Young Americans vote at rates consistently and significantly lower than other age groups. Whereas 38 percent of people ages 18-24 voted in the 2012 presidential election, other segments surpassed them by at least 10 percentage points, and preliminary turnout estimates from the 2016 election suggest a continuation of this trend. Despite their low engagement, young, first-time voters remain an increasingly crucial demographic to the United States' political future. Given that there are 10.7 million more eligible voters in 2016 compared to 2012, this segment of the electorate is growing in both size and influence.
Democracy Works, a New York-based nonprofit organization working to improve voter turnout in the U.S., understood that low voter turnout put the democratic process at stake, and identified the need to gain a deeper, more nuanced understanding of the complicated challenges facing America's non-voting electorate preceding the 2016 election. They, ultimately, hoped to use insights to improve their flagship product, TurboVote, an online tool that invites would-be voters to receive location-specific election information, and navigate the voting process. To help fill the gap at this crucial time, Democracy Works commissioned SAP's Design & Co-Innovation Center (DCC) to understand first time voters, and to help strengthen TurboVote's usability and appeal. As such, our intent was to in position TurboVote as a leading tool to engage and involve this digitally-native demographic in a voting process that remains in the analog world.
The DCC team utilized a hybrid approach to gain insights, that included exploratory, evaluative, and comparative research. Our exploratory research allowed our client to gain a more holistic understanding of young, first-time voters in terms of what influences them, how they form opinions, what really drives them to take action, who they trust and listen to, and what technology they use, among other topics. After uncovering the needs of first-time voters in our exploratory research, our evaluative research aimed to assess whether TurboVote addressed those needs, and to what extent. We then complemented our exploratory and evaluative research tracks with a comparative analysis of existing services analogous to TurboVote, to better highlight areas of strength, as well as opportunities for the platform, moving forward. This combination of research methods allowed our team to move beyond existing assumptions and develop a richer understanding of Democracy Works's problem space.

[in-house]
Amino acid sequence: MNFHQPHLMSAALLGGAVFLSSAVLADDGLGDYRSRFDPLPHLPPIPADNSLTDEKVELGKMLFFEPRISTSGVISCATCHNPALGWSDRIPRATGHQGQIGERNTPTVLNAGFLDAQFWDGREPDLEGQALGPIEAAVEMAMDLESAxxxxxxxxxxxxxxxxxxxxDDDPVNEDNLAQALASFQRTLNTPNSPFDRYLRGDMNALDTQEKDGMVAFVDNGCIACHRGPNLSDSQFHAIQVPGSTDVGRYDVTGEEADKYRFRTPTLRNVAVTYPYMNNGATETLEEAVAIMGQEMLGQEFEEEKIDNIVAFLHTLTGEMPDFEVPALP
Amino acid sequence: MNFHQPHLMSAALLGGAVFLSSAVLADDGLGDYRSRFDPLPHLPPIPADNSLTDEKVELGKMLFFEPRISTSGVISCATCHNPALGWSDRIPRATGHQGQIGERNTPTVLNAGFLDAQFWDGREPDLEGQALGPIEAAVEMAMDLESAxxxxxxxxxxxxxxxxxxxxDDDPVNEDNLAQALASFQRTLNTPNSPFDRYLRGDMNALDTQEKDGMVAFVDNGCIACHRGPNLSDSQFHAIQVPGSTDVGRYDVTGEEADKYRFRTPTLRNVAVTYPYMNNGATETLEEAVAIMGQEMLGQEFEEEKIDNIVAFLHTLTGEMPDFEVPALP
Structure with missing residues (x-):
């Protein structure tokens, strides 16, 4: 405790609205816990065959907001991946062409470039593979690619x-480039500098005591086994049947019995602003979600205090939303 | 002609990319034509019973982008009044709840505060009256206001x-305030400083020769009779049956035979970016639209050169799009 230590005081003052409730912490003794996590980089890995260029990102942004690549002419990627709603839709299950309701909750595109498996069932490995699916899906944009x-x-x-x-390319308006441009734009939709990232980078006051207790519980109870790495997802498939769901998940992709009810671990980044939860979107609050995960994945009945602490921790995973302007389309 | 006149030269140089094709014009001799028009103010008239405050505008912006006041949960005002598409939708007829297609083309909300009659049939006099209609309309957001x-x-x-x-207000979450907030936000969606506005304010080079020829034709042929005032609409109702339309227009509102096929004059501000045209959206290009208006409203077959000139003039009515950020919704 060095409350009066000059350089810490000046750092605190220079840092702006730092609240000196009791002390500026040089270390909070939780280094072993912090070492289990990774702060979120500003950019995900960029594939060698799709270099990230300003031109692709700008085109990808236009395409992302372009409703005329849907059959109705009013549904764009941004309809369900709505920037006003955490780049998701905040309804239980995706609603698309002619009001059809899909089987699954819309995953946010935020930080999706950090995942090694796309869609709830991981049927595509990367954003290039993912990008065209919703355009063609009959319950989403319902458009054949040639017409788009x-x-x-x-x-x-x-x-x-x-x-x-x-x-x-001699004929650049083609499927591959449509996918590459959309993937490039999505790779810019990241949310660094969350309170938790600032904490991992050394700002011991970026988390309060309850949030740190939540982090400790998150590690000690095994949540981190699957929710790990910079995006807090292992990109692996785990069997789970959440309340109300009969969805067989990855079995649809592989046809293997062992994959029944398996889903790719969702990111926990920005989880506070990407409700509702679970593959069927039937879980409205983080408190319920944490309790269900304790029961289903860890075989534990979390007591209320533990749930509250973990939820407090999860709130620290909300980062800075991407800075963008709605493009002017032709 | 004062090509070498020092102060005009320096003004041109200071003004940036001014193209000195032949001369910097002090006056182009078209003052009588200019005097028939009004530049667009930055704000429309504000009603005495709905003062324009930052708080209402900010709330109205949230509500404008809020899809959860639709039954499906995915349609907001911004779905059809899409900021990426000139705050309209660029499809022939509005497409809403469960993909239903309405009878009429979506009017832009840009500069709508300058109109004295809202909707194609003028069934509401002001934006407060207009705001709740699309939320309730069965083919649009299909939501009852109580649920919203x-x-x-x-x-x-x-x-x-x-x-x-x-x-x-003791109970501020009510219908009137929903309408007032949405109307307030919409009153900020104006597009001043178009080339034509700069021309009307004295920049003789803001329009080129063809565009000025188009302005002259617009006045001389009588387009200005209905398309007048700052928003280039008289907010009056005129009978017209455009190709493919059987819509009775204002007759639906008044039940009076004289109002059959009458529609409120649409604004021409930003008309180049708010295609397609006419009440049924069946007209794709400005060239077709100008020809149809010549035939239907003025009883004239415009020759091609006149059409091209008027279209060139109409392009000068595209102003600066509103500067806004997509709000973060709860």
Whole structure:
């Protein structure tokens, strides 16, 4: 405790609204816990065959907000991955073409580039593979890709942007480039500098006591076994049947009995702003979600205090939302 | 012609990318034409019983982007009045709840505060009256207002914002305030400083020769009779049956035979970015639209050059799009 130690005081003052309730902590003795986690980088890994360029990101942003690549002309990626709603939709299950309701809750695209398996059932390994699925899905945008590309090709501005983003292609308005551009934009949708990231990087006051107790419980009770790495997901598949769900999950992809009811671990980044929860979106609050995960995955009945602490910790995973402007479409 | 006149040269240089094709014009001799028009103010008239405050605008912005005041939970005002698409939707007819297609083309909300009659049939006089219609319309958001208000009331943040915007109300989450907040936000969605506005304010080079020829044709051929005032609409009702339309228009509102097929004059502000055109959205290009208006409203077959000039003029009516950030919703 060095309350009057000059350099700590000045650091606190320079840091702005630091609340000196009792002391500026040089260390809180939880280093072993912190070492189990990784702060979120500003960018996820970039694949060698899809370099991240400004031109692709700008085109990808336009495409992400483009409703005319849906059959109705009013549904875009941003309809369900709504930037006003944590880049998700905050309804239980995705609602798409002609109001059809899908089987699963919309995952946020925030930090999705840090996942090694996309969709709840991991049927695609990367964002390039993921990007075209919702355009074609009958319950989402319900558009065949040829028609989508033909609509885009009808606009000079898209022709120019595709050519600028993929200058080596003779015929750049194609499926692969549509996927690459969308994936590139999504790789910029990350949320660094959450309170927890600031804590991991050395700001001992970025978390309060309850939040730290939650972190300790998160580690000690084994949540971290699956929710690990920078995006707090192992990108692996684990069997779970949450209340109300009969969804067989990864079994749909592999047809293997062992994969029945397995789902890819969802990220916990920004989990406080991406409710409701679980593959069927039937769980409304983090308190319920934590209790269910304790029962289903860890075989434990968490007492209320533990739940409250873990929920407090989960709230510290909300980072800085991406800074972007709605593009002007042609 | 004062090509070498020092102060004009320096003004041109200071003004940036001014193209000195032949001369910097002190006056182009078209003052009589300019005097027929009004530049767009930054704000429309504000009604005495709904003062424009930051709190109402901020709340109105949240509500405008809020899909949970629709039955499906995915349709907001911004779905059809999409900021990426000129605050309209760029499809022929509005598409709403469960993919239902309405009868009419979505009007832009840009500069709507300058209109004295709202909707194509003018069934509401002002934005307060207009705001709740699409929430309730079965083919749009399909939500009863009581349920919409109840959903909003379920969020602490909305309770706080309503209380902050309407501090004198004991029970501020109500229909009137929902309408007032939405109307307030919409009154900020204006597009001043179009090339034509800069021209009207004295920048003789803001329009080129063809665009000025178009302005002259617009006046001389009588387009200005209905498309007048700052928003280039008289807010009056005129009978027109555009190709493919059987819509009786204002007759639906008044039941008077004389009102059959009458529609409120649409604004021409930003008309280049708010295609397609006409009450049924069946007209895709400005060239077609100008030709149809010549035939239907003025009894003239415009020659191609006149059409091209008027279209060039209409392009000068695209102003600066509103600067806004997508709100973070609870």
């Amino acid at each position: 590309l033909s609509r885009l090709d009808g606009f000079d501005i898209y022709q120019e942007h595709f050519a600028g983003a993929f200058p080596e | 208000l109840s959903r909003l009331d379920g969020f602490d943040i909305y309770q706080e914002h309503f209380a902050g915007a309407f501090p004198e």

Our findings revealed key behavioral trends that heavily influence whether young voters will actually vote or not—and the DCC provided design recommendations to address each one, and to help push more people to the polls. With over 500,000 new TurboVote subscribers in 2016 alone, the work is having measurable impact. But, our research aims to provide value that will outlive both the 2016 election and our engagement with Democracy Works. The organization will be able to continue engaging potential voters in state-level and local elections with their new and improved platform, thus encouraging users to vote in down-ballot and lower profile races, and, ultimately, helping to strengthen the democratic process.
We began our research by acknowledging potential biases and intentionally recruiting for diversity in background, culture, and education (high school students, community college, 4-year, big and small universities, etc.). We used the back wall of our project space to keep the voices and stories of our participants present throughout the process.
A recurring theme throughout the interviews we conducted was a surprising difference between each participant's expectations and reality, with regards to the voting process. While first-time voters imagined going to an official government building to cast their ballot, they were surprised that their polling place was, for example, in a neighbor's garage.
Young voters spoke at length about the influence their families had on the formation of early political opinions. This point was reinforced when we observed the number of parents who brought young children to the polls to provide early exposure to the process.
Aside from family influence, college campuses also provide young voters with the chance to further establish a political identity with like-minded peers across the political spectrum, as early as during orientation, when student group fairs occur.
Politics can pop up in the most interesting ways across campuses. Against a backdrop of student event posters, put in a Ziploc bag and taped to the bulletin board, were flyers for a local candidate who was running to become a party delegate.
Often, interviewees would get sidetracked during, what was intended to be, a straightforward question: "are you registered to vote?" Even if participants remembered going through the registration process, the lack of confirmation upon completion left them unsure and googling "how do I check if I'm registered to vote in [state]?" to confirm.
For young voters, participating in their democracy is something worth sharing. For some, it's that alone. Flaunting voter status on social media is the new "I Voted" sticker.
Participants who tried to encourage friends to vote found that personal nudges are most effective. In this case, the participant included a sense of urgency tied to the upcoming closed primaries in CA.